Removing Penalties and Interest Charges – Can you do that?


One of the IRS’s methods of punishing wayward taxpayers is to add penalties and interest to back taxes, failure to file cases or returns that have been filed late, and even if you fail to file the right tax return. Both penalties and interest charges are added automatically. Given these issues, many people have IRS Problems. If this is the case for you, investigating the possibility of removing both penalties and interest charges on the taxes you owe is worthwhile.


There are five types of penalties the IRS uses: Accuracy, Fraud, Failure to File, Failure to Pay, and combinations of these penalties.

One way to remove penalties from your tax bill is to show reasonable cause. Reasonable cause can be identified in many ways. Common events the IRS will consider are:

• Forgetfulness
• Ignorance of the law
• Incorrect advice from the IRS
• Incorrect advice from your tax professional
• A mistake was made
• The inability to obtain records
• Serious illness or death
• Natural disasters
• Acts of God

As long as your reason shows that you did not intentionally cheat, deceive, or mislead the IRS, it can qualify as reasonable cause.

Penalty Abatement

You can request a penalty abatement in writing as soon as you receive your tax bill. IRS Form 843, Claim for Refund and Request for Abatement, is also available. Return the reasonable cause documentation along with a copy of your IRS Notice showing the penalty assessed. If you owe taxes and can pay them at this time, include your payment stating that this amount should go toward your tax portion of the bill. Do not forget to make copies of all your correspondence to the IRS.

Be patient as it may take more than one mailing to receive a response to your request.
It is also important to note that if your request for penalty abatement is denied, you cannot use the same grounds to make another request.


Removing interest charges from your tax bill is not easy, and most times, it is not an option. If the reason interest has been charged is because of an IRS error you will have more success.

Other circumstances that may allow interest to be removed include:

• If there were delays by the IRS.
• If a tax or penalty is abated.
• They may be decreased if you obtain an Offer in Compromise.
• Filing for bankruptcy. This should be used as a last resort and it should be noted that you might still owe taxes after the bankruptcy term.

Contact our office for more information regarding IRS interest and penalties or any other IRS Problems you might be experiencing. Our knowledgeable staff will be able to help you resolve your IRS Problems so you and your family will be worry free.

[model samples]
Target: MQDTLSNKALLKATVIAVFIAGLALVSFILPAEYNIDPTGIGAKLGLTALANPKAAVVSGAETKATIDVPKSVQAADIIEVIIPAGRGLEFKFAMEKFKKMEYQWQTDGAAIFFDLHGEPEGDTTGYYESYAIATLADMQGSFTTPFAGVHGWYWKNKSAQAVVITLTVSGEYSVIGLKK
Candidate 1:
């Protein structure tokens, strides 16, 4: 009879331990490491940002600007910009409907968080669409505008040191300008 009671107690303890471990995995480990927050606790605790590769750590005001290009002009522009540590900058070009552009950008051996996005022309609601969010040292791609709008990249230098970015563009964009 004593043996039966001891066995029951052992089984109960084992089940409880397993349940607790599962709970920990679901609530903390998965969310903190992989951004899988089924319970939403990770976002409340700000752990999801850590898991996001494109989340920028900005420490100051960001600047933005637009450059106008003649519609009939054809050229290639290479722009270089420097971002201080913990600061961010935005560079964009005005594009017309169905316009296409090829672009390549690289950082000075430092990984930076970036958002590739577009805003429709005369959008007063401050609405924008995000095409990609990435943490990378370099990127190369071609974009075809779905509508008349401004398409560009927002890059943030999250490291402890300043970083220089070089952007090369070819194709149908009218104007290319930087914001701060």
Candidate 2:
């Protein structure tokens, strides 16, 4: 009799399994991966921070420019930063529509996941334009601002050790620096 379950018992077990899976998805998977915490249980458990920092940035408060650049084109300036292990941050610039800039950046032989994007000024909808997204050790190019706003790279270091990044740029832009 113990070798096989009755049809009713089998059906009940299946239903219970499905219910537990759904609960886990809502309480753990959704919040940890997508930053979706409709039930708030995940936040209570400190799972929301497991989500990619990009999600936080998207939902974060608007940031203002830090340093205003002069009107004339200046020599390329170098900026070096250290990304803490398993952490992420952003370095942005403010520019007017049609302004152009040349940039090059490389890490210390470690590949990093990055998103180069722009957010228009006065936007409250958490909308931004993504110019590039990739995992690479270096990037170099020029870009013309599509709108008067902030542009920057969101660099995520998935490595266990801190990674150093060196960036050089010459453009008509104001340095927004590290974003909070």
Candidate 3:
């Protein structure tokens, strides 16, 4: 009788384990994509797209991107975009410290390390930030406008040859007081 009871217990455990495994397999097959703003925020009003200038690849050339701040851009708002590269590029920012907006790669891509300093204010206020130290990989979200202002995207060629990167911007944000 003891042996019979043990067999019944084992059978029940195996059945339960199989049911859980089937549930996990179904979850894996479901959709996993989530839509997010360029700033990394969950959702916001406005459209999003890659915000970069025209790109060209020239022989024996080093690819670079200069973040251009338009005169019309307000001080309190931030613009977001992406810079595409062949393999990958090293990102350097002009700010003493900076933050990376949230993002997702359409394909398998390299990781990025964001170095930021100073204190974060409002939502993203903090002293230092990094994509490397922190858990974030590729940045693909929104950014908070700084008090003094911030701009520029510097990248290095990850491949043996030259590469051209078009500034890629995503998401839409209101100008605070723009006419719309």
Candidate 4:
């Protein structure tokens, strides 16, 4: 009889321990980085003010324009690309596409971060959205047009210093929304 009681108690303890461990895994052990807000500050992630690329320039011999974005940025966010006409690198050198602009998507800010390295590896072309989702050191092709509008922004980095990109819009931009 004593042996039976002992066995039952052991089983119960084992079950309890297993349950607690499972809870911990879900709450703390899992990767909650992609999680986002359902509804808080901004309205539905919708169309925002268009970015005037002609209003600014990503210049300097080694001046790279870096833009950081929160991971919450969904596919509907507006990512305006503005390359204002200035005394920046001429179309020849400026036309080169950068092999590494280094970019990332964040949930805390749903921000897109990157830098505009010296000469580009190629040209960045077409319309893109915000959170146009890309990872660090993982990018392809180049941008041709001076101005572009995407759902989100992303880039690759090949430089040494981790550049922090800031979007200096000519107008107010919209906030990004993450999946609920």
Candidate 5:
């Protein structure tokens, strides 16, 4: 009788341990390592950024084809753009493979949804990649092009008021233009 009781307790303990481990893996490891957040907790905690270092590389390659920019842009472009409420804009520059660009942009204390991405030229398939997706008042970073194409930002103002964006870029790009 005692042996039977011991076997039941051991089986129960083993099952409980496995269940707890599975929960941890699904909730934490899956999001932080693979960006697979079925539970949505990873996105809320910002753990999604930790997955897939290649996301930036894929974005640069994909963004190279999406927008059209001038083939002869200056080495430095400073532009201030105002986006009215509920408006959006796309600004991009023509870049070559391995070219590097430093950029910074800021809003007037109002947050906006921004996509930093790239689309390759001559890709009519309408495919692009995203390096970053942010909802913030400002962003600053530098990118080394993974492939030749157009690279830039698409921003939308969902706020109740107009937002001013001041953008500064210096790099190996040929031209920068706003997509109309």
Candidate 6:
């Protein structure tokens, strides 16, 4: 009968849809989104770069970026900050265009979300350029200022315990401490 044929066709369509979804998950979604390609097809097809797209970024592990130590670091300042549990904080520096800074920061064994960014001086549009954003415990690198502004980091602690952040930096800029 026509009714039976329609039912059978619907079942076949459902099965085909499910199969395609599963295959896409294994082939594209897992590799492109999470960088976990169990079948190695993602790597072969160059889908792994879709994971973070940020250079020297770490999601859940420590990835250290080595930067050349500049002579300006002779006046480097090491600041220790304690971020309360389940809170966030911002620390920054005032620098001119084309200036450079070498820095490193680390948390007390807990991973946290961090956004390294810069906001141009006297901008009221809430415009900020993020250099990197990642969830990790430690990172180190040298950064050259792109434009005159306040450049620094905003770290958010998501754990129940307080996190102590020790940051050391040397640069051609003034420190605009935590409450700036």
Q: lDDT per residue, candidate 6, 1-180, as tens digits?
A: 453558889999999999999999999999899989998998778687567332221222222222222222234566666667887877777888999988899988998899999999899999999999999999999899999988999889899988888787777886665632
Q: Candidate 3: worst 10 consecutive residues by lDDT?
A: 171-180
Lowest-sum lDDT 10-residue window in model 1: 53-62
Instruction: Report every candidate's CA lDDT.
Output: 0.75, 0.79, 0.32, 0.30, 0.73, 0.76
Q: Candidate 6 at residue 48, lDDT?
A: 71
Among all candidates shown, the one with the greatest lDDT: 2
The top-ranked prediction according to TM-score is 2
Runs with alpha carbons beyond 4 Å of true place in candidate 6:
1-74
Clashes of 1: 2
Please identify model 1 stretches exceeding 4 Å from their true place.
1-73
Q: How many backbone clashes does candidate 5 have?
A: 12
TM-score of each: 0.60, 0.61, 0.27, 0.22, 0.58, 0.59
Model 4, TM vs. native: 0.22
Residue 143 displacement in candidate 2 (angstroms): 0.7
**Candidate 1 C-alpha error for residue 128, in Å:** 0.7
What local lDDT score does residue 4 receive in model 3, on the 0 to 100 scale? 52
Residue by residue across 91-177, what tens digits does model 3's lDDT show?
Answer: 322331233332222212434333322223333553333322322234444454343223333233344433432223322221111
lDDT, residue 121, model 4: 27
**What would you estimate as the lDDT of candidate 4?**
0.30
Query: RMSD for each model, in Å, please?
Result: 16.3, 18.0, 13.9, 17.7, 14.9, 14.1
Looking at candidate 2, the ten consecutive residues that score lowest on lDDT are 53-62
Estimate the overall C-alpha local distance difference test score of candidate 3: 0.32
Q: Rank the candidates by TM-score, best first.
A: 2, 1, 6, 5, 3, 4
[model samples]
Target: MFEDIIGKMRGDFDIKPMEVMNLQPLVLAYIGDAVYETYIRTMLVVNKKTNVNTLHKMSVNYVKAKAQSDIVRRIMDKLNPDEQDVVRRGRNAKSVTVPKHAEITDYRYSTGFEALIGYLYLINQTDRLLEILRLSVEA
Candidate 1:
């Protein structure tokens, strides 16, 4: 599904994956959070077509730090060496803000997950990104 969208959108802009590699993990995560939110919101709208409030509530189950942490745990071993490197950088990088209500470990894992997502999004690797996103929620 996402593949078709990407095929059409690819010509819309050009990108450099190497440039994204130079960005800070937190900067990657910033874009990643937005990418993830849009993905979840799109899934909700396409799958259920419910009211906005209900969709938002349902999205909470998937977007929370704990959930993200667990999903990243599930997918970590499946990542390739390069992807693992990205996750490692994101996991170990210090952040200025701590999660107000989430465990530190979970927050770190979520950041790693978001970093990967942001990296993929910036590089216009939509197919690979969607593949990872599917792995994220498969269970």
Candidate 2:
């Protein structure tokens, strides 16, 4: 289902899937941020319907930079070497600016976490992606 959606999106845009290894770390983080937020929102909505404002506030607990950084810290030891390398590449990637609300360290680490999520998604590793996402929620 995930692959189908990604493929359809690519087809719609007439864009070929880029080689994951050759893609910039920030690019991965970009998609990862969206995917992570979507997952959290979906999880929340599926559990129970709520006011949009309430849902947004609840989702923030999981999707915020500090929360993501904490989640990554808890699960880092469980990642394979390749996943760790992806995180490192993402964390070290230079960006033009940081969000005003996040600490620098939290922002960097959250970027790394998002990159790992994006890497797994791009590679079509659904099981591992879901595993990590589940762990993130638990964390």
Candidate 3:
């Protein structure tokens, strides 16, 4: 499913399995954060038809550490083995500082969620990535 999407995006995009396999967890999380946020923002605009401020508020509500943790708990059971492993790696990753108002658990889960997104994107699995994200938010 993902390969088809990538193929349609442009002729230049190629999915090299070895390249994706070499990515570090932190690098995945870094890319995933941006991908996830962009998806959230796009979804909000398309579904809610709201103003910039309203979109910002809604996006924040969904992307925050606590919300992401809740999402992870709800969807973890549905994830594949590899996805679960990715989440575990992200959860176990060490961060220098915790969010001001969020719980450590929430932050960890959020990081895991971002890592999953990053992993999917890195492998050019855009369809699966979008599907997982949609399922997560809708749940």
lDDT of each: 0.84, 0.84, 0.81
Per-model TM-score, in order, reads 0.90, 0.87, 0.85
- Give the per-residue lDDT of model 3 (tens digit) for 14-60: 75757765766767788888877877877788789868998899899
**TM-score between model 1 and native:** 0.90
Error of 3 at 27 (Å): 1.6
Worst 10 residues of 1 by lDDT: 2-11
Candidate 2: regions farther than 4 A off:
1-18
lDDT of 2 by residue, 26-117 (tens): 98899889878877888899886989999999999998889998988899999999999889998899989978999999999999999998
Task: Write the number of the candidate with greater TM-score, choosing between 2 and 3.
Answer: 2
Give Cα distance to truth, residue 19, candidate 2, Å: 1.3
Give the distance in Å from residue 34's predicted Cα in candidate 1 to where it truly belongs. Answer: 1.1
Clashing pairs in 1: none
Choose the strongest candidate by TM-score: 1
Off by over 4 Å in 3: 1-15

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Comments on Removing Penalties and Interest Charges – Can you do that?

February 18, 2008

Kathy @ 12:47 pm #

My husband had taxes prepared by an accountant in 2003–unfortunately he never filed them. Now–we owe triple the amounts on both federal and state. We were married at the time but filed separately. I believe we have a case as to why the returns were not filed. We have been trying to work with the IRS but are getting nowhere. I did sent a letter asking for abatement of penalties and interest (I did not fill out the form mentioned IRS form 843). All previous years prior to and after 2003 were filed appropriately for him. Any thoughts?

March 9, 2010

Lisa @ 3:57 pm #

I've been researching online and something is still not clear to me…..suppose someone submits tax returns in fall of 2000. The tax might be assessed sometime in 2002. Penalties and interest will continue to accrue over the 10-year statute period. Do ALL of the penalties and interest disappear when the statute of the initial tax is expired, or do the 10 years of penalties and interest fall off at the end of each year over 10 years? Thank you

Lisa @ 5:45 pm #

Thank you – I appreciate the prompt and thorough response.

I have another question: in Nov of 1998 my wages were garnished by the IRS and I had to call them. In the course of collection my income and expense info, the agent asked when my car would be paid off and I told her. She said that when it is paid off I have to send the amount of my car payment to them. Would I need to make payments only until the statute expires, or would my sending them payment open another 10-year can of worms?

Thanks again.

March 12, 2010
May 25, 2010

tracy @ 10:47 pm #

Hi, I filed my 2007 taxes on time in 2008 with an amount due (which I would need to make payments on) by regular mail. I never heard from them and did not even think about it with normal life taking over, my fault. I filed again in 2008, again never heard from them and filed by regular mail. I should have called them but didn\'t. I know it is no excuse but I am a 3/4 time student and full time military with the normal family obligations. I filed this year sending it return receipt and certified and they received it. Now, I am obviously being charged penalties and interest. Do I have a chance for abatement? Thank you for any help!

June 3, 2010
December 16, 2010

tim @ 9:38 am #

hi Mr. Darrin
My wife filed in 2008 with Turbo tax and entered the final amount incorrectly
and now we both are on unemployment can this help with removing penalties
from the IRS using the 843 form

February 8, 2011